AI Regulation Bounded by Current Political Horizons Can Only Play Catch-Up. Cathedral Thinking Can Help
“The question is not whether we are able to change but whether we are changing fast enough.” —Angela Merkel
Artificial intelligence, physical security, and political security are inextricably linked in the Digital Age and have vast implications on social fairness. Largely due to advances in computing power, machine learning algorithms, deep neural networks, access to datasets, and gains in standard software frameworks that allow for exponential iteration and replication of experiments, AI and machine learning (ML) have progressed rapidly over the past few years and will only continue to proliferate in the future. At the core of this growth has been expanded military and commercial investment in developing the capacities that feed AI and machine learning (ML)-driven technologies.
However, the dual-use nature of AI- and ML-driven technologies have already facilitated their misuse e.g. weaponizing consumer drones, hacking public services, create privacy-deficient surveillance states, racial profiling, repression, and targeted disinformation campaigns to name a few. AI-driven cyber-attacks often lead the public to question the robustness of their political and public structures, and work to undermine trust in governments and political participation. In the meantime, the United Nations along with member countries have struggled for over ten years to cohesively define lethal autonomous weapons, let alone define what constitutes a malicious inter-state cyber-attack on (inter)national institutions. The reasons for regulating AI are clear. So why are our national and supranational institutions struggling to keep up?
AI and ML technologies are inherently future-oriented technologies. Our political and economic regulatory frameworks are not.
Most term limits for democratically elected national and international leaders and administrations vary between four and five years. Of this, the first is one of transition and fulfilling short-term campaign goals or ‘quick-wins.’ The last year is often oriented towards fulfilling future campaign targets – directing efforts towards showing why these administrations should be re-elected for the next four to five years – with little consideration as to what will occur after the entirety of their term is up. This follows the mindset of most 21st century societies: that of a “globalized, consumption-driven neoliberal capitalism that the global economic system requires”. AI and ML-technologies that have sped up our systems exponentially do little to assuage the brevity of our political and economic horizons; we can now collect data on our constituents to learn about their concerns in real time. This saturation of information of ‘what is on our mind’ now versus what will be in our minds in the future does little to make salient the vague and abstract future use of AI and ML technologies.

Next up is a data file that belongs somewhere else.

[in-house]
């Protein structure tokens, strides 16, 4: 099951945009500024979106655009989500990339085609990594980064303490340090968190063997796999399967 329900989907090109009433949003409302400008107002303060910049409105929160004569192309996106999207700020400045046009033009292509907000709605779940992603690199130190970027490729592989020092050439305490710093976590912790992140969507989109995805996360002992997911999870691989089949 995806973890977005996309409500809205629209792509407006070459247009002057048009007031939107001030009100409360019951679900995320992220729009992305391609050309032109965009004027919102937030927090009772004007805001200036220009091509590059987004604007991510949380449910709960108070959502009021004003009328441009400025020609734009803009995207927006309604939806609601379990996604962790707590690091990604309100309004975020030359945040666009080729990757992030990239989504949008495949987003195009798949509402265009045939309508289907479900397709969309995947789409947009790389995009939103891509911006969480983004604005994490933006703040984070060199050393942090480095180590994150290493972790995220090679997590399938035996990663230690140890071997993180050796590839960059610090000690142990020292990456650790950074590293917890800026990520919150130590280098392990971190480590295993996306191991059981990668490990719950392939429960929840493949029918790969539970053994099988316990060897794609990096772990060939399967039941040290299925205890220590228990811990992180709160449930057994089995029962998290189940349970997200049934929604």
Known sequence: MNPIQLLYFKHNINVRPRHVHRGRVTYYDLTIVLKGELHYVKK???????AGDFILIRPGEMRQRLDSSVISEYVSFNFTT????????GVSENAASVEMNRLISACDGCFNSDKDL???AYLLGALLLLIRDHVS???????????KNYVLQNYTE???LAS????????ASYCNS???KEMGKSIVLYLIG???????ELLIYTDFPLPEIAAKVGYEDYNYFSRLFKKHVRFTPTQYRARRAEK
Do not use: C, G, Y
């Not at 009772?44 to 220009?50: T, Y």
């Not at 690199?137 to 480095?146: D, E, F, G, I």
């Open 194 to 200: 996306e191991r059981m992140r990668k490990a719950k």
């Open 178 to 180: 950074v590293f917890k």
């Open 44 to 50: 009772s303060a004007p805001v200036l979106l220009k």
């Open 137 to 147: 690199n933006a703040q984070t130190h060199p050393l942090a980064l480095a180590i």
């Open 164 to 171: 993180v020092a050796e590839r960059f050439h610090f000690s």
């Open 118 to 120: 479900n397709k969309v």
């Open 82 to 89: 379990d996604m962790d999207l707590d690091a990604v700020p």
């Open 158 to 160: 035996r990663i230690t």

The way forward
Addressing the gap in adopting a future-oriented approach to regulating AI need not touch changes to institutional term limits. The solution is also not to stop innovating and developing these technologies altogether – others will only step in fill voids. AI regulation requires a far-reaching vision, a blueprint mapping out which groups will be impacted not only now but in the future, and a “shared commitment to long-term implementation”. Cathedral thinking can help.
The concept of Cathedral Thinking dates back to medieval times, when architects, stonemasons, and artisans laid plans and began constructions on the intricate, soaring structures we see today. Gaudi didn’t live to see the Sagrada Familia completed, and neither did countless architects and artisans across time and geographies, although we – the future generation – enjoy these structures now as places of worship, community, and tourism. The scale of their vision is especially impressive given the shorter lifespans, threat of war, and lack of technology that these artists grappled with in their lifetimes. Cathedral thinking helps us consider the future not as some vague and abstract event occurring well-past our term limits, but as a default that needs to be considered when addressing current needs. It can help us consider the path-dependent outcomes of our failures to adequately regulate AI technologies today. The way forward requires regulators to make salient what each administration passes on to the next in real and actionable ways. The environmental, political, social, and economic outcomes of actions taken by current administrations decades later should be made salient in every extent possible in policy design and success measurement – to incentivize both regulators and the electorate. The political horizon of an AI regulator cannot be limited to the end of their term. Success should be measured in the extent to which they consider the regulatory impact on the generation 10, 20, or 50 years hence. Unless AI regulators start innovating their regulatory frameworks along with our technologies, policymakers are only going to barely play catch up with the tech-military-industrial complex.
Kulani Abendroth-Dias is a PhD student at the Graduate Institute of International and Development Studies and a Strategic Advisor at the Organisation for Economic Co-operation and Development*. A TEDx speaker on “Why Good People Do Bad Things – And What We Can Do About It,” she previously worked with the UN Institute for Disarmament Research, United Nations Development Programme, and UN Peacebuilding Secretariat. She has an M.A. in Social Psychology from Princeton University (USA) and a MSc. in European Integration specializing in Economics, Security and External Relations from the Institute for European Studies (VUB) in Brussels, Belgium. *Please note that the opinions expressed in this article do not reflect the official views of any of the organisations with which the author is affiliated.